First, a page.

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Study says women still not making long-term financial decisions

| Jun 11, 2018 | Divorce |

There are men and women who are not good with money and others who just do not want to think about it. Yet the gender pool involving investing and financial matters is far from balanced. According to a new study, men are still much more likely to handle an asset portfolio even when women handle the checkbook and the day-to-day payment of bills and expenses.

This is bad news for women in general because about half of marriages end in divorce (more two-thirds of them initiated by women) and wives traditionally live longer than their husbands do. Considering these two key factors, women could best serve themselves if they learned how to handle finances better because it’s likely that they will need to at some point in their lives.

Key statistics in study

This UBS study surveyed 1,700 married couples, including same sex couples as well as heterosexual couples. Other finding include:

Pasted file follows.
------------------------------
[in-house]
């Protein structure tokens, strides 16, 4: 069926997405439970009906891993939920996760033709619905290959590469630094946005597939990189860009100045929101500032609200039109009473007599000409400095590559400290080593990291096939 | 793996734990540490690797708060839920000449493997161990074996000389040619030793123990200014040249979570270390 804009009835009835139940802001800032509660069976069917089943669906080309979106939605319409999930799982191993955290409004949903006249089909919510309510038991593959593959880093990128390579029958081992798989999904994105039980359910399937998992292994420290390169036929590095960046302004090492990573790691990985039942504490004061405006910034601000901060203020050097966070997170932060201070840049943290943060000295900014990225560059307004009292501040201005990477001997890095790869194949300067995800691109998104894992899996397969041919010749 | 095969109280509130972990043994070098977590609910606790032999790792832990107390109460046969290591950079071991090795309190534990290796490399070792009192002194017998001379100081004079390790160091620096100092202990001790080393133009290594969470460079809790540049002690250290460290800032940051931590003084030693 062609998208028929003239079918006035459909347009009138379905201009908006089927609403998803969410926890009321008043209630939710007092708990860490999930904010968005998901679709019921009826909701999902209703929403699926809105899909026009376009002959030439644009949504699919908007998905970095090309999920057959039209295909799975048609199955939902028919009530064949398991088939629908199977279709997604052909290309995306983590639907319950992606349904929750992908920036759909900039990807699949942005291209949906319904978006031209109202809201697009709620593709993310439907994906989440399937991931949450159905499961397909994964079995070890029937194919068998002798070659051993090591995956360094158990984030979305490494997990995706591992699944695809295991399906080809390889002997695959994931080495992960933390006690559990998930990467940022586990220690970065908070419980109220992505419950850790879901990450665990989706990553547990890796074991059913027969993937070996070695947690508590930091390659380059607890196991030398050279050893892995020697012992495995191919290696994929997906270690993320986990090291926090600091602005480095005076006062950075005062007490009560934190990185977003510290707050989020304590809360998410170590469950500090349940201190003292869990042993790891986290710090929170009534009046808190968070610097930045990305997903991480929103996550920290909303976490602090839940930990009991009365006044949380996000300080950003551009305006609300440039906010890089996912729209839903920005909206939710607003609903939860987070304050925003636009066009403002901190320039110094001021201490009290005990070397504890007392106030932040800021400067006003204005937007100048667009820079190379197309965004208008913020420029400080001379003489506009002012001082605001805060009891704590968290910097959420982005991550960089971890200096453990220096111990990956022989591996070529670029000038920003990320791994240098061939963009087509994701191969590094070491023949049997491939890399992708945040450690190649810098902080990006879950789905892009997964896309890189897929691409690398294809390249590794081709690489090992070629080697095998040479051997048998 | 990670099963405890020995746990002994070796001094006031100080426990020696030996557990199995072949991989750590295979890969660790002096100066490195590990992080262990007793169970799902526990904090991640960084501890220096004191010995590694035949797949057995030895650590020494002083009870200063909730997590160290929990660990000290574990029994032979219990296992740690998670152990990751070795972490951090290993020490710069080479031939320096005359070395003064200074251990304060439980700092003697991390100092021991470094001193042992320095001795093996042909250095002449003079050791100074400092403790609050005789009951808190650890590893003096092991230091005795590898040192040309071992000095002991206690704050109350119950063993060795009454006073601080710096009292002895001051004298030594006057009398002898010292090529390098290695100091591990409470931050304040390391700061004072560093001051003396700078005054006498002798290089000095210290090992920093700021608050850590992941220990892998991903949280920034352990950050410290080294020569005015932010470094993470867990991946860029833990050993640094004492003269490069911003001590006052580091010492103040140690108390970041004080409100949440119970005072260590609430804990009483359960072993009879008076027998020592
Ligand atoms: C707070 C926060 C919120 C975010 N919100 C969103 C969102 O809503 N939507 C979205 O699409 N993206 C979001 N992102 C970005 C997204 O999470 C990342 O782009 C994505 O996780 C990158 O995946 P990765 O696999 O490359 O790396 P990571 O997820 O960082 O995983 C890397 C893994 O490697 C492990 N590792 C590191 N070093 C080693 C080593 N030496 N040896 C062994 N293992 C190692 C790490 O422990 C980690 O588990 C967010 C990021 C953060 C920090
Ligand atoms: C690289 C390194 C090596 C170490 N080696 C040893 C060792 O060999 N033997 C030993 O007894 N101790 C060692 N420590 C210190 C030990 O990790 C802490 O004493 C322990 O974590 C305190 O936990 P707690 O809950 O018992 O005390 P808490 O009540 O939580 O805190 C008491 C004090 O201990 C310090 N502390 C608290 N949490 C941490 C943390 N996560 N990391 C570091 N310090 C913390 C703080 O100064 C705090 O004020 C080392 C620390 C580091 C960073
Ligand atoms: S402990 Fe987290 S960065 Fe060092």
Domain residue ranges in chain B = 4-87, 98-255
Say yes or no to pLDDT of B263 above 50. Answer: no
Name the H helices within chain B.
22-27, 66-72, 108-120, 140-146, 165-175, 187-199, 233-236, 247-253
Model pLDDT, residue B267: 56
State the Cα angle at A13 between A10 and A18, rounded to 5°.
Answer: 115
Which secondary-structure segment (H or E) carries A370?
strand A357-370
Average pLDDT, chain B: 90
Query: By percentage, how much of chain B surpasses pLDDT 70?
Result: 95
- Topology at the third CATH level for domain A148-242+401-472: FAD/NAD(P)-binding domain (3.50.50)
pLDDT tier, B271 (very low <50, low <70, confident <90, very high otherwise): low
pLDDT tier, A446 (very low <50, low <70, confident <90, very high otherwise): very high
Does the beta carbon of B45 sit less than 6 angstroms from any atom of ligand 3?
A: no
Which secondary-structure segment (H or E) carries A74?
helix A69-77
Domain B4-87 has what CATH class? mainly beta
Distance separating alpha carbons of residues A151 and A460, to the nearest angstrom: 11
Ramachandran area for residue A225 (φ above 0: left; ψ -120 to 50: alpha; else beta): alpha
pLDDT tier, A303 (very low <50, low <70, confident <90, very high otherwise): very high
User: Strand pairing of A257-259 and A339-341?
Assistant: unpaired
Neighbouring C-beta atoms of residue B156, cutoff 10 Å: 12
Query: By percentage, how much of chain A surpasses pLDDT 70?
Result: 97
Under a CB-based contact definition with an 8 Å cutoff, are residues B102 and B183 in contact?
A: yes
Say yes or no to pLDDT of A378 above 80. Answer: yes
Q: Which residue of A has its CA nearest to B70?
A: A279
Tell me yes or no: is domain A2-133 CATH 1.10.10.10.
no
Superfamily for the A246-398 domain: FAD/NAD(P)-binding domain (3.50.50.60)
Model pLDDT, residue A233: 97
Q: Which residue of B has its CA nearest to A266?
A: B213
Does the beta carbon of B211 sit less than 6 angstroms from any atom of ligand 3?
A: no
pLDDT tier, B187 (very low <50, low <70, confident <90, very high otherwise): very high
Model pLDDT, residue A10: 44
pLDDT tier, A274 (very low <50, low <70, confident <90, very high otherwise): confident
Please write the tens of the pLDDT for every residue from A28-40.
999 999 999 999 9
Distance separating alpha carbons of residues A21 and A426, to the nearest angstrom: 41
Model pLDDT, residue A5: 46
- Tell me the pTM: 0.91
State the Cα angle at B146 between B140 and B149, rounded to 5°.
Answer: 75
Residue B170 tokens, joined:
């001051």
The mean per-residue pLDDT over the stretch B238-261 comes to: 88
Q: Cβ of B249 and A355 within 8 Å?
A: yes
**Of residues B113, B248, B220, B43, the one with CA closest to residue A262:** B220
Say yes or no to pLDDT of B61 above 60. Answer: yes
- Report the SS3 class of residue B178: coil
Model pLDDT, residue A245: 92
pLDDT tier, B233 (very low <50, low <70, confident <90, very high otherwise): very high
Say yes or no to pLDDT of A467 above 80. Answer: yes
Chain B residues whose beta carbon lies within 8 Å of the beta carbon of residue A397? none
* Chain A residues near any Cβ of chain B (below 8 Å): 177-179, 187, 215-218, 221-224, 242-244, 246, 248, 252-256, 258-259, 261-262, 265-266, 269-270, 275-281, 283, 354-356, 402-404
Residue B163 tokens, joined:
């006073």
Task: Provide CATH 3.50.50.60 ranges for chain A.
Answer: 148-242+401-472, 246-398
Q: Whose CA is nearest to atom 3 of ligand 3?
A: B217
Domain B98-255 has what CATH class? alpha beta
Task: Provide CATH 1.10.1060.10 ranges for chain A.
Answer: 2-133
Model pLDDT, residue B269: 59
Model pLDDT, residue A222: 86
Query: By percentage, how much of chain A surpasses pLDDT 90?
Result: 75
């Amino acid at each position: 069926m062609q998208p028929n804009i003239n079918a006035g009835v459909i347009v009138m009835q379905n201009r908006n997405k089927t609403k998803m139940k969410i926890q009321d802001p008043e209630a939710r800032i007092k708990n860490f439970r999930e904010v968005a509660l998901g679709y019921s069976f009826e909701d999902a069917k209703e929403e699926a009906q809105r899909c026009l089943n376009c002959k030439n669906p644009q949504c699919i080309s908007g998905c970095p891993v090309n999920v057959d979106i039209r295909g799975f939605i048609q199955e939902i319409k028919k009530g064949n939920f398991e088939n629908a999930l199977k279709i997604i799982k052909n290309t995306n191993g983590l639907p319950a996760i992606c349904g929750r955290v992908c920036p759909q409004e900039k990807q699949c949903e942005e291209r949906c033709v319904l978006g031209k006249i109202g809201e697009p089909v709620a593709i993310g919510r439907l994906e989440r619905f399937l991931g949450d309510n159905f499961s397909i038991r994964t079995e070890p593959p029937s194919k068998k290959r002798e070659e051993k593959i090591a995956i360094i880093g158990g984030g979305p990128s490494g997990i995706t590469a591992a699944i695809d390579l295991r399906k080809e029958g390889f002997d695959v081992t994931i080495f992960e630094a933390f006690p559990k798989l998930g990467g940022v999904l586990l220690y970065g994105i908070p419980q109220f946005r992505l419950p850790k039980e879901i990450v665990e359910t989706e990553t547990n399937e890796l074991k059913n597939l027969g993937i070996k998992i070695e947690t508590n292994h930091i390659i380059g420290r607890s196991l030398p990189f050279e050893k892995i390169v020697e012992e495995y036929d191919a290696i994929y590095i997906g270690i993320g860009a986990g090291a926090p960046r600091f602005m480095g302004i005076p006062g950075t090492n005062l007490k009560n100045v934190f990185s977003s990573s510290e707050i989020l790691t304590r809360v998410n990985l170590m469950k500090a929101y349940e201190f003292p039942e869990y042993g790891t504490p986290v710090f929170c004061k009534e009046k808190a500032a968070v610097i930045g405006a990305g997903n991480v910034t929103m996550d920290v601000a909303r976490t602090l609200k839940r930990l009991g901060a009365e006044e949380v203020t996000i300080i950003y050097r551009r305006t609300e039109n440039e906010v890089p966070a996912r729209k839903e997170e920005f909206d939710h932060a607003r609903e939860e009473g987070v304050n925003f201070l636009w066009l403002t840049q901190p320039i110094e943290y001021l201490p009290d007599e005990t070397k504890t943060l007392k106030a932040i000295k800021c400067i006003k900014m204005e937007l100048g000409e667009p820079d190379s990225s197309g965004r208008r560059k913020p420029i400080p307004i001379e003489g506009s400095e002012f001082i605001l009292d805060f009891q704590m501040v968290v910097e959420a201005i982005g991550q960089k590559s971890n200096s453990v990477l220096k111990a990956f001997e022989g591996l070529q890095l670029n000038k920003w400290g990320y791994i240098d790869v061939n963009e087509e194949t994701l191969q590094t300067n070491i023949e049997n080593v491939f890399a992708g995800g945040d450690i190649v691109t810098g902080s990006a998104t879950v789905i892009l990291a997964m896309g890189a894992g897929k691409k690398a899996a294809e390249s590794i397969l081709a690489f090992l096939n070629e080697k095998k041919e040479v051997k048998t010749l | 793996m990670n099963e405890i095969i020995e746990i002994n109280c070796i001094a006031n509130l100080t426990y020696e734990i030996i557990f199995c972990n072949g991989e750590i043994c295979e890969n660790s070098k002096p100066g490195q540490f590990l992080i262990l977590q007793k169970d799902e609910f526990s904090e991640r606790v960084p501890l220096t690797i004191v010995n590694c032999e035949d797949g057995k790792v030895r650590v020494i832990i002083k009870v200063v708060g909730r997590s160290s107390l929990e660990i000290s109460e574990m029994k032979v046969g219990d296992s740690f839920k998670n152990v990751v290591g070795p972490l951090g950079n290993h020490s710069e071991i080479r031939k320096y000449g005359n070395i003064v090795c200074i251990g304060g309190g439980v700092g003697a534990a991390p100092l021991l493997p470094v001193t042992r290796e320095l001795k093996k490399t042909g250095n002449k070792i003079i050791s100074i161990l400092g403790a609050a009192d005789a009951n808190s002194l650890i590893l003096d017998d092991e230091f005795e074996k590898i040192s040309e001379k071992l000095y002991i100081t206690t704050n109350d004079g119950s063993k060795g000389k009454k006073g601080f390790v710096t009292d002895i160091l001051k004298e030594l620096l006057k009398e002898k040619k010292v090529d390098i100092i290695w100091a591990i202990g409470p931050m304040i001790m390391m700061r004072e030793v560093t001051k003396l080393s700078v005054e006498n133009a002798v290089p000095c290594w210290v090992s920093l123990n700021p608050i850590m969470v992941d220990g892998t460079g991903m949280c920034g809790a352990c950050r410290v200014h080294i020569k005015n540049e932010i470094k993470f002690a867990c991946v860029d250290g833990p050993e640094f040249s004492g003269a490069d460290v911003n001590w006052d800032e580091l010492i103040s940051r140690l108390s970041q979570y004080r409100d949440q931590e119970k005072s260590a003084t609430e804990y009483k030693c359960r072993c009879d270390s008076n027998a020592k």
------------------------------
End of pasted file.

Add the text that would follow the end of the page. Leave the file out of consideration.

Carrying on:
• 56 percent of women leave long-term financial planning and investment decisions to husbands
  • 85 percent defer to their husband in financial matters, believing they have a better understanding of these matters
  • 43 percent of female breadwinners still defer to husbands in investment decisions
  • 69 percent of fathers and 52 percent of mothers believed that it would be okay if their daughters under the age of 21 would someday allow her husband to handle their marital investment matters

Gender roles still with us

This survey also found that millennials answered the survey’s questions in much the same way as previous generations. According to the study, this is attributed to the stubbornness of gender roles in society as well as a general lack of confidence that some women may have in making their own long-term financial decisions.

Financial knowledge is power

While it may seem unpleasant or unnecessary, it is advisable that both spouses are involved in “big-picture” decisions involving assets. This serves women well if they choose to divorce, enabling them to understand such important divorce issues as the division of such assets as life insurance policies, retirement plans, stock portfolios and other long-term investments.

Divorce-planning may include pre-nuptial agreements, post-marital partition and exchange agreements (“post-nups”), and estate planning in which a spouse may benefit in consulting with an experienced Board-Certified Family Law expert attorney in regard to the legal options available in the event of what may be an inevitable divorce.

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